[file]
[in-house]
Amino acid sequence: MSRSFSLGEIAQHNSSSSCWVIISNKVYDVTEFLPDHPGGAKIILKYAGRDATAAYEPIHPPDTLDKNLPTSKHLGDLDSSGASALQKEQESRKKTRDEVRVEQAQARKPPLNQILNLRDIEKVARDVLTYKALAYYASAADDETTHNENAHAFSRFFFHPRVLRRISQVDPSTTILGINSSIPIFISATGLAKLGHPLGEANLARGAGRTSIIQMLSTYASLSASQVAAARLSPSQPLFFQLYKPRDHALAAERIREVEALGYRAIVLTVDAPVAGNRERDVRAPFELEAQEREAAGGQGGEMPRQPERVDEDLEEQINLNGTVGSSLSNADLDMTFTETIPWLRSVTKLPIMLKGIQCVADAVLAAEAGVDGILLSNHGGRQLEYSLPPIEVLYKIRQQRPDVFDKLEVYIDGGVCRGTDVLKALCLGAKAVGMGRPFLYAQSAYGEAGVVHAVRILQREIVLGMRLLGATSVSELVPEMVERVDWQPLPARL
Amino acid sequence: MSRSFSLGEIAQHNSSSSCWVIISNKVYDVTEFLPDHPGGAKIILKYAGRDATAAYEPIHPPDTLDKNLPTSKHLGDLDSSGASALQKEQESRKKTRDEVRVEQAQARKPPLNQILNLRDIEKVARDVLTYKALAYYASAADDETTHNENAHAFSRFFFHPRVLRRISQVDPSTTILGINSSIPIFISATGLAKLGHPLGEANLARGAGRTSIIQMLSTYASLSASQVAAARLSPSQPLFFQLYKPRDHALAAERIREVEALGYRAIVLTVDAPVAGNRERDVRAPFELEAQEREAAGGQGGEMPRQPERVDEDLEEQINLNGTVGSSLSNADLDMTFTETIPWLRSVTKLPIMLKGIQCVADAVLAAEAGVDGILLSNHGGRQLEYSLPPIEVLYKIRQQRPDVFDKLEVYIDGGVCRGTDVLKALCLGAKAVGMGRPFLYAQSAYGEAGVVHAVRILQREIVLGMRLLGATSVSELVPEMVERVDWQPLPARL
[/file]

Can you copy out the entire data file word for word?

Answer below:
[in-house]
Amino acid sequence: MSRSFSLGEIAQHNSSSSCWVIISNKVYDVTEFLPDHPGGAKIILKYAGRDATAAYEPIHPPDTLDKNLPTSKHLGDLDSSGASALQKEQESRKKTRDEVRVEQAQARKPPLNQILNLRDIEKVARDVLTYKALAYYASAADDETTHNENAHAFSRFFFHPRVLRRISQVDPSTTILGINSSIPIFISATGLAKLGHPLGEANLARGAGRTSIIQMLSTYASLSASQVAAARLSPSQPLFFQLYKPRDHALAAERIREVEALGYRAIVLTVDAPVAGNRERDVRAPFELEAQEREAAGGQGGEMPRQPERVDEDLEEQINLNGTVGSSLSNADLDMTFTETIPWLRSVTKLPIMLKGIQCVADAVLAAEAGVDGILLSNHGGRQLEYSLPPIEVLYKIRQQRPDVFDKLEVYIDGGVCRGTDVLKALCLGAKAVGMGRPFLYAQSAYGEAGVVHAVRILQREIVLGMRLLGATSVSELVPEMVERVDWQPLPARL
Amino acid sequence: MSRSFSLGEIAQHNSSSSCWVIISNKVYDVTEFLPDHPGGAKIILKYAGRDATAAYEPIHPPDTLDKNLPTSKHLGDLDSSGASALQKEQESRKKTRDEVRVEQAQARKPPLNQILNLRDIEKVARDVLTYKALAYYASAADDETTHNENAHAFSRFFFHPRVLRRISQVDPSTTILGINSSIPIFISATGLAKLGHPLGEANLARGAGRTSIIQMLSTYASLSASQVAAARLSPSQPLFFQLYKPRDHALAAERIREVEALGYRAIVLTVDAPVAGNRERDVRAPFELEAQEREAAGGQGGEMPRQPERVDEDLEEQINLNGTVGSSLSNADLDMTFTETIPWLRSVTKLPIMLKGIQCVADAVLAAEAGVDGILLSNHGGRQLEYSLPPIEVLYKIRQQRPDVFDKLEVYIDGGVCRGTDVLKALCLGAKAVGMGRPFLYAQSAYGEAGVVHAVRILQREIVLGMRLLGATSVSELVPEMVERVDWQPLPARL